A systematic review and meta-analysis of international COVID-19 literature, led by UNSW Sydney, has confirmed that while children under five years old were likely to recover from the infection, half of those infected were infants and almost half of the infected under-fives were asymptomatic.
These findings will help to inform future policy and decision-making about potential COVID-19 vaccination for young children and maternal immunisation programs during pregnancy – but the scientists say future research is needed to explore the potential risk of transmission from infants to their mothers, families and other caregivers, and to find out more about whether asymptomatic under-fives can spread the disease.
The collaborative study between researchers from UNSW Sydney, Telethon Kids Institute Perth, The University of Sydney, International Centre for Diarrhoeal Disease Research Bangladesh (icddr,b) and The Royal Veterinary College University of London was published in the journal Vaccine recently.
Senior author Dr Nusrat Homaira, of the Discipline of Paediatrics at UNSW Medicine & Health and Sydney Children’s Hospital, is a medically trained respiratory epidemiologist with more than 14 years’ experience in the field of paediatric respiratory diseases.
Dr Homaira said the research filled a key knowledge gap on the epidemiology and clinical characteristics of COVID-19 in children under five.
“There have been systematic reviews published for the whole population – including all children aged under 18 years and adult populations – but not specifically on the under-five age group,” she said.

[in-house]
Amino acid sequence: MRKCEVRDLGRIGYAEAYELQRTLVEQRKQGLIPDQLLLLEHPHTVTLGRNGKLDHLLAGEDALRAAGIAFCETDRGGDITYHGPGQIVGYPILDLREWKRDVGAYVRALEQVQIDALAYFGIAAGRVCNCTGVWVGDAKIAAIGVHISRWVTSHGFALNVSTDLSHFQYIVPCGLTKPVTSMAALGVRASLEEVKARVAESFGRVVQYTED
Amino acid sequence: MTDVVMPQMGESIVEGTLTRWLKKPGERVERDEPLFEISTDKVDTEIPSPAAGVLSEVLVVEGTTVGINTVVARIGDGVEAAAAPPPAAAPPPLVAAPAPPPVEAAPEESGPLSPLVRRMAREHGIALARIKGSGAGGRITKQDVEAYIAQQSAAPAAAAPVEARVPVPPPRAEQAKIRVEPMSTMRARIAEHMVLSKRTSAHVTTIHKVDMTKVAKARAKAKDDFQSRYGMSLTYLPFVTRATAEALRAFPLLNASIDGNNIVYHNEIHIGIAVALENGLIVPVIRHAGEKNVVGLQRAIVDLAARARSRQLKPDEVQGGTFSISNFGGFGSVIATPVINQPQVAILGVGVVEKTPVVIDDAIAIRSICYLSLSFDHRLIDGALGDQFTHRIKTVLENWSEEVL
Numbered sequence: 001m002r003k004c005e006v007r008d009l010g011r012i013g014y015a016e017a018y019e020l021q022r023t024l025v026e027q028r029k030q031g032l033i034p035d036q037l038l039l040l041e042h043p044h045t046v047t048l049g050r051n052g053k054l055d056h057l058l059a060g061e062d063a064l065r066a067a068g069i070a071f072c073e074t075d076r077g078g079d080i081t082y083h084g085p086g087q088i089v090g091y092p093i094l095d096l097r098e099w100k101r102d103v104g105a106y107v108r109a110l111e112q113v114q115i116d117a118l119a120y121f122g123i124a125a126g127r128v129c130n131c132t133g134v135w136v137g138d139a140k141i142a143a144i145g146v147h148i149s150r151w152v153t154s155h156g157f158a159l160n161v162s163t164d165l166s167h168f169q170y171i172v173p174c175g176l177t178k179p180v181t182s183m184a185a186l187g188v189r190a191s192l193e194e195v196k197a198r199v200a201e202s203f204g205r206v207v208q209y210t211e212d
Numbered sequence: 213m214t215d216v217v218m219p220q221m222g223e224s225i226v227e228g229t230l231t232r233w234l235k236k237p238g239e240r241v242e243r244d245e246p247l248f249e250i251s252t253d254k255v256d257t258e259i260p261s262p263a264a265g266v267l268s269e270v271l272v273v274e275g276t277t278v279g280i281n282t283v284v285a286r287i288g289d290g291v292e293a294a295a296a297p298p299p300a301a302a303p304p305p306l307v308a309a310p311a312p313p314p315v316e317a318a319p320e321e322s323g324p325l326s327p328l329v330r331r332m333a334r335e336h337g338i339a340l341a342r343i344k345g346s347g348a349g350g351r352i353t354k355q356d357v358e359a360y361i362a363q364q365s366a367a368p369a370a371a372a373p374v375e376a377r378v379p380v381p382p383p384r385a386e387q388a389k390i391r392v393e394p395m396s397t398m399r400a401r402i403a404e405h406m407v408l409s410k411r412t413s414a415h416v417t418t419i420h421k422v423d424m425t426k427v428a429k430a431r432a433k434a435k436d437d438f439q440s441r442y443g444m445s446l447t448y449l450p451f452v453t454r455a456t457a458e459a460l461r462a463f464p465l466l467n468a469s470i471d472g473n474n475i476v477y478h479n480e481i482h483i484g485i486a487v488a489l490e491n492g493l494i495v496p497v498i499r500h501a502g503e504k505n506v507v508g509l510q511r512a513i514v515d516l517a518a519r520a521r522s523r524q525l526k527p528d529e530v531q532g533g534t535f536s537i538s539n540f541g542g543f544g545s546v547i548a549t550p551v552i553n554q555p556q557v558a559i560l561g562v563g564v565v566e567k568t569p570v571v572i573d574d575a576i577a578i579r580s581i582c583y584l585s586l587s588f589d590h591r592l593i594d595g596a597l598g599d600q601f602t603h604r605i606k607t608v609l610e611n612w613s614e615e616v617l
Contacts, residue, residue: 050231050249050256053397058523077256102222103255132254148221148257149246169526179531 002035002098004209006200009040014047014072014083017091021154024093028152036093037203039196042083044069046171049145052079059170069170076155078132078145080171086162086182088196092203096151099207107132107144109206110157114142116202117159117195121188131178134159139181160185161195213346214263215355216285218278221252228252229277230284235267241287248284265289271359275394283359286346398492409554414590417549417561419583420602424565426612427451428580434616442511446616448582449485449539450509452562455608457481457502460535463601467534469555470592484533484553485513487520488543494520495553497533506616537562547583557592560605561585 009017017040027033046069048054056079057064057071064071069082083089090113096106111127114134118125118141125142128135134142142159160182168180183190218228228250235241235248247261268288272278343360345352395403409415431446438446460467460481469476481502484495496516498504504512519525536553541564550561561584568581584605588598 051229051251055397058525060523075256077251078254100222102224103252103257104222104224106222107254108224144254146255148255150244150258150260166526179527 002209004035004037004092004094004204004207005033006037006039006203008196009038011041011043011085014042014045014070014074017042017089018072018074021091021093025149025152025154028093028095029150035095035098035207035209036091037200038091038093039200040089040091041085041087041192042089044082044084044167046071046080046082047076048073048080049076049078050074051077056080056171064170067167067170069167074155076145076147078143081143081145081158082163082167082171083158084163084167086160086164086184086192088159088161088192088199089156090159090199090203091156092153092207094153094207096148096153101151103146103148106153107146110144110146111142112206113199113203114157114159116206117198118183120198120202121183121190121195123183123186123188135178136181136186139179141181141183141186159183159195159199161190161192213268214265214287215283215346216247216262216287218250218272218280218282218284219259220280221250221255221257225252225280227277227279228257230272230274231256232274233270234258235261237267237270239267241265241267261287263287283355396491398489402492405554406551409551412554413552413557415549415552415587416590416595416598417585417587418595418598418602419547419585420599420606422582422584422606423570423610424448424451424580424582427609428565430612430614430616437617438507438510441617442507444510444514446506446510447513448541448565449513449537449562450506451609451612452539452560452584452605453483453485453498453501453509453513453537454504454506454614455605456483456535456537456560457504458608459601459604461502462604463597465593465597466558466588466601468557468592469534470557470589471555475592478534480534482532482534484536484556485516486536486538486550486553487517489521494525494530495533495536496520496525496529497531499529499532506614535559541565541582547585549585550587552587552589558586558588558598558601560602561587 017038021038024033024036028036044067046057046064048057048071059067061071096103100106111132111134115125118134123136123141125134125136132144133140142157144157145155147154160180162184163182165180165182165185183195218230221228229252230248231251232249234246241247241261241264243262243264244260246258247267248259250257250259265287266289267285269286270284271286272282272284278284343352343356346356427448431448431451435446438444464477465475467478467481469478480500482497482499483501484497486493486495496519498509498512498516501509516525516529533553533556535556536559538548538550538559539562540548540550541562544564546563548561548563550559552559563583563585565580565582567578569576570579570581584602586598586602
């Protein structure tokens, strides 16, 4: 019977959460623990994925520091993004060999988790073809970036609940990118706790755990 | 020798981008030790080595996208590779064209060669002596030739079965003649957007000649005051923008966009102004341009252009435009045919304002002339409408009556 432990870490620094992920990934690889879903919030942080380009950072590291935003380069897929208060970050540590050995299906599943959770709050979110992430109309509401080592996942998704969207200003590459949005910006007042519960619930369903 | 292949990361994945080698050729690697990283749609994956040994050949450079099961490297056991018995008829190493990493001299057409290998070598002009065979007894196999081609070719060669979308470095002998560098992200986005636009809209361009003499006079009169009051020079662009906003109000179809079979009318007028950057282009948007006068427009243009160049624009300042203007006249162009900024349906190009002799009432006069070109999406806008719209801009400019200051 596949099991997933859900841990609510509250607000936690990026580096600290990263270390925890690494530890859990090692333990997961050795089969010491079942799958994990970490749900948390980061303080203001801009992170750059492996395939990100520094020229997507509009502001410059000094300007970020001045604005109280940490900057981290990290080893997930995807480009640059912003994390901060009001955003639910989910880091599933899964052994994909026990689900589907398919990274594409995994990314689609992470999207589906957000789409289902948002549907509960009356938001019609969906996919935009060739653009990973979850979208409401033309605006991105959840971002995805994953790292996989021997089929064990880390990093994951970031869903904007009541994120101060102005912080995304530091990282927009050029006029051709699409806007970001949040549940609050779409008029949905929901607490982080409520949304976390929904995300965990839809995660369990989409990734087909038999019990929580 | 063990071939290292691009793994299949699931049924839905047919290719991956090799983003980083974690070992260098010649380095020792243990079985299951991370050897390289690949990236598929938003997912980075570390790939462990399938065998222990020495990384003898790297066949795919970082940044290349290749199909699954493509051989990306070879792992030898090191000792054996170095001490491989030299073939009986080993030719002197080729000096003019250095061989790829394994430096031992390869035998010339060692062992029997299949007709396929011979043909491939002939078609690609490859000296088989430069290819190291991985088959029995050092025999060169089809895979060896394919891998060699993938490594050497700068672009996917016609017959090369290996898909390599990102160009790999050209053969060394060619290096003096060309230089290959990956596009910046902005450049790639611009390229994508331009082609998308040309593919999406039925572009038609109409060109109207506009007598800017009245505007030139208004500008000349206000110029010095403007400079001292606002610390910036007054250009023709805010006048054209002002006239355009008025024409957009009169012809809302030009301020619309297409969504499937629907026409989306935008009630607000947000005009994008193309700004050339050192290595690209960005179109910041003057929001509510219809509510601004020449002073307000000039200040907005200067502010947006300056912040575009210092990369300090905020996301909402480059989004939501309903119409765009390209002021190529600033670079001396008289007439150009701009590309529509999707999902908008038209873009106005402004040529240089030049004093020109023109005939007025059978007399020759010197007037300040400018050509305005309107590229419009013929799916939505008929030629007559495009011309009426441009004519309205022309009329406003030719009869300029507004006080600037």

“We chose to focus on the under-fives because they are the most at-risk age group for respiratory infections and respiratory infections are one of the most common reasons why children are hospitalised – so, it is important to have a clearer understanding of COVID-19 infection and its severity in children under five.
“Secondly, children often have asymptomatic infection generally and play a significant role in transmission of respiratory infections within the community – which is why immunisation is often targeted at that age group for infections like the flu – so, we wanted to understand all those issues in light of COVID-19.”
Infants and asymptomatic cases account for up to half of COVID-19 infections in children under five, a new UNSW Sydney evidence review has found. Photo: Shutterstock
First wave of COVID-19 investigated
The researchers whittled down an initial shortlist of almost 2000 papers to 65 studies which they examined in their systematic review.
These studies represented 1214 children younger than five years old with laboratory-confirmed COVID-19 infection.
The systematic review showed young children aged less than five years generally developed mild COVID-19 disease and these infections were often acquired through community sources.
The researchers selected 31 of the 65 studies (representing 1181 infected children) for their more detailed meta-analysis.
The 65 studies were conducted in 11 countries – primarily China (49 studies) and the United States (six studies) – and spanned four World Health Organization (WHO) regions: Western Pacific, Pacific American, Eastern Mediterranean and European.
The researchers did not identify any study from the South-East Asian Region (SEARO) which tends to have a higher burden of childhood acute respiratory infections (ARI).
Dr Homaira said the research was current as at 4 June 2020 and covered the first wave of COVID-19 in most countries.
“In our meta-analysis, the pooled estimates showed that among children aged under five years with COVID-19 infection, half were infants (aged less than one year) and like COVID-19 infection in adults, 53 per cent were male,” she said.